Coffee Space


Second Attempt #PineTime

Preview Image

Preview Image

First Device

With my first PineTime I was very enthusiastic about programming it. My original intention was even to build my own OS for it, but actually I realised I don't really have enough experience with working on such controllers to do so.

I originally played with the idea of running a micro virtual machine on the device to allow for multiple apps to run relatively sandboxed on the device. I even looked to utilise a Java VM designed to run on microcontrollers (designed for a Lego robot I believe). Unfortunately it was never meant to be.

I got my first PineTime a while back and was working on a method to flash it using an Orange Pi, but in my foolish attempt to solder such a small pitch board ended up back-firing and I broke the watch. I made a few attempts, but there is no recovery of this device - something is fundamentally broken now.

Second Device

I still needed a decent smart watch to monitor my health, and after having purchased an off-the-shelf solution from China with a fake sensor, I decided enough is enough and I really want to pursue this project again. I ordered another device, but this time it came with the firmware written by JF002, which came with the awesome ability to support OTA (over the air) updates via BLE.

I got the device with version 0.7.0 (I believe) and was easily able to flash it to 0.9.0 using the latest relase from GitHub, using the OTA DFU process. I was very happy about how well this process worked and decided to (controversially) super glue the device together.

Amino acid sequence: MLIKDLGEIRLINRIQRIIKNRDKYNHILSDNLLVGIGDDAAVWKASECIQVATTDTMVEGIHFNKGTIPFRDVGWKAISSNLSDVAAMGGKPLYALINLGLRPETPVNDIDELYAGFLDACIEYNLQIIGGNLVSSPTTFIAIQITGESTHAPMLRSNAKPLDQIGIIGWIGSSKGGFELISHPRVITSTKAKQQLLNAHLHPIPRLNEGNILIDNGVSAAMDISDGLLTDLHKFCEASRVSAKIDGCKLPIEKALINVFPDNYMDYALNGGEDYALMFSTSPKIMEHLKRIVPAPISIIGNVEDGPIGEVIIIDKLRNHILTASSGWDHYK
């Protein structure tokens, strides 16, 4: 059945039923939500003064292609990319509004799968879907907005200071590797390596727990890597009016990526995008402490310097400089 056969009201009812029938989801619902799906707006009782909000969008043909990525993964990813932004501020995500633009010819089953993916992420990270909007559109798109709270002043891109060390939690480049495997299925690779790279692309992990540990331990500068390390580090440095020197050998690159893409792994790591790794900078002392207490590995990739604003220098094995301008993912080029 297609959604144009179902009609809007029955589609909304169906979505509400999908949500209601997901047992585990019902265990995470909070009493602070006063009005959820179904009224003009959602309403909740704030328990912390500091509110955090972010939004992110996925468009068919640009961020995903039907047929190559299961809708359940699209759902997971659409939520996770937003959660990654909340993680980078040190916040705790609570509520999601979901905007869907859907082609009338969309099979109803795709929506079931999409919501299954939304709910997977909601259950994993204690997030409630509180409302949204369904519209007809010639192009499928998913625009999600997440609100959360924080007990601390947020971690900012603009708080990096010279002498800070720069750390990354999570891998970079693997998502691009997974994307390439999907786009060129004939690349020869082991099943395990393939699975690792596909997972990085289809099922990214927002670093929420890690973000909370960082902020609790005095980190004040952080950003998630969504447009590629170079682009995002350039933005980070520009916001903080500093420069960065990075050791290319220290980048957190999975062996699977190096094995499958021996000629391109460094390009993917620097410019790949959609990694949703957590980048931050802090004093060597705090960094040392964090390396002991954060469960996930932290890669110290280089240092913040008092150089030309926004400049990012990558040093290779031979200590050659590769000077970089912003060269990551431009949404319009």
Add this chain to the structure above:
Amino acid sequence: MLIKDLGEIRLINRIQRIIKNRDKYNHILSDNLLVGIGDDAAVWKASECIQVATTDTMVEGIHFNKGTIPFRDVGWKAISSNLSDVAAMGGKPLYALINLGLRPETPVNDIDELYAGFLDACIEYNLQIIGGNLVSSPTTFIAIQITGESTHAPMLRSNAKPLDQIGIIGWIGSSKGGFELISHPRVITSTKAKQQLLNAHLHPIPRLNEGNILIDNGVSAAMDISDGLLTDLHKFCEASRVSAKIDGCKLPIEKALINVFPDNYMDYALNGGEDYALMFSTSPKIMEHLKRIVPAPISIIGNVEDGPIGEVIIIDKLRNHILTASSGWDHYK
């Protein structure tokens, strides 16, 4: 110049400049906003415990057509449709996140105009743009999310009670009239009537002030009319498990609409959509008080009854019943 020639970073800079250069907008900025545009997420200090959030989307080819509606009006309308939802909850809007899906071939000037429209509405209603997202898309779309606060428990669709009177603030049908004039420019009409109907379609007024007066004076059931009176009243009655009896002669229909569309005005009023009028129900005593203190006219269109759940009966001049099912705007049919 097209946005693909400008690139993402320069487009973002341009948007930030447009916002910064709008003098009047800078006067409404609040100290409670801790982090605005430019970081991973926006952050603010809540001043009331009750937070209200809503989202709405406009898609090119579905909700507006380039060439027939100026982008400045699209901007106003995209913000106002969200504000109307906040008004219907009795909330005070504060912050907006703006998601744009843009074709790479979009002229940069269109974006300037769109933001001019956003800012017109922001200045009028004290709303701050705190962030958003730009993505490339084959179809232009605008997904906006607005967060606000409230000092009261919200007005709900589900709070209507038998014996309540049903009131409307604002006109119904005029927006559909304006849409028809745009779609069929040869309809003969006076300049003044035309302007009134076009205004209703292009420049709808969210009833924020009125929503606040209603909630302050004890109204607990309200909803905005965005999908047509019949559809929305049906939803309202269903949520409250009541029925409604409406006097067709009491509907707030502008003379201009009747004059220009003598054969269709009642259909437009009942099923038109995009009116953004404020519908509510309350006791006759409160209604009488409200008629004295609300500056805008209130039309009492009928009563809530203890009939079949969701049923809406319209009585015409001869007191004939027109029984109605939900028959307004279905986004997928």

As long as I don't flash crazy bad firmware, in theory this should continue to work... We shall see though!


Code example for I2C driver

Code example for I2C driver

The next step was to build a development environment that I was happy with that can build various images. After a couple of hours of reading and hacking, I finally built a development environment based on Vagrant. There is a docker version, but honestly I would rather have a completely enclosed virtual machine rather than container given we're running random binaries.

I'm currently working towards getting the heart rate sensor up and running, a basic feature I want in order to be able to use this as a daily driver. Without it, it's just an overly complicated time interface (and honestly, not a great one).


After having spent a few hours in the code base, I have a few thoughts (which may be subject to change at a later date):

Regarding the hardware, I have a few thoughts:

Anyway, this is enough ranting for now - hopefully I will be in a position to improve the situation!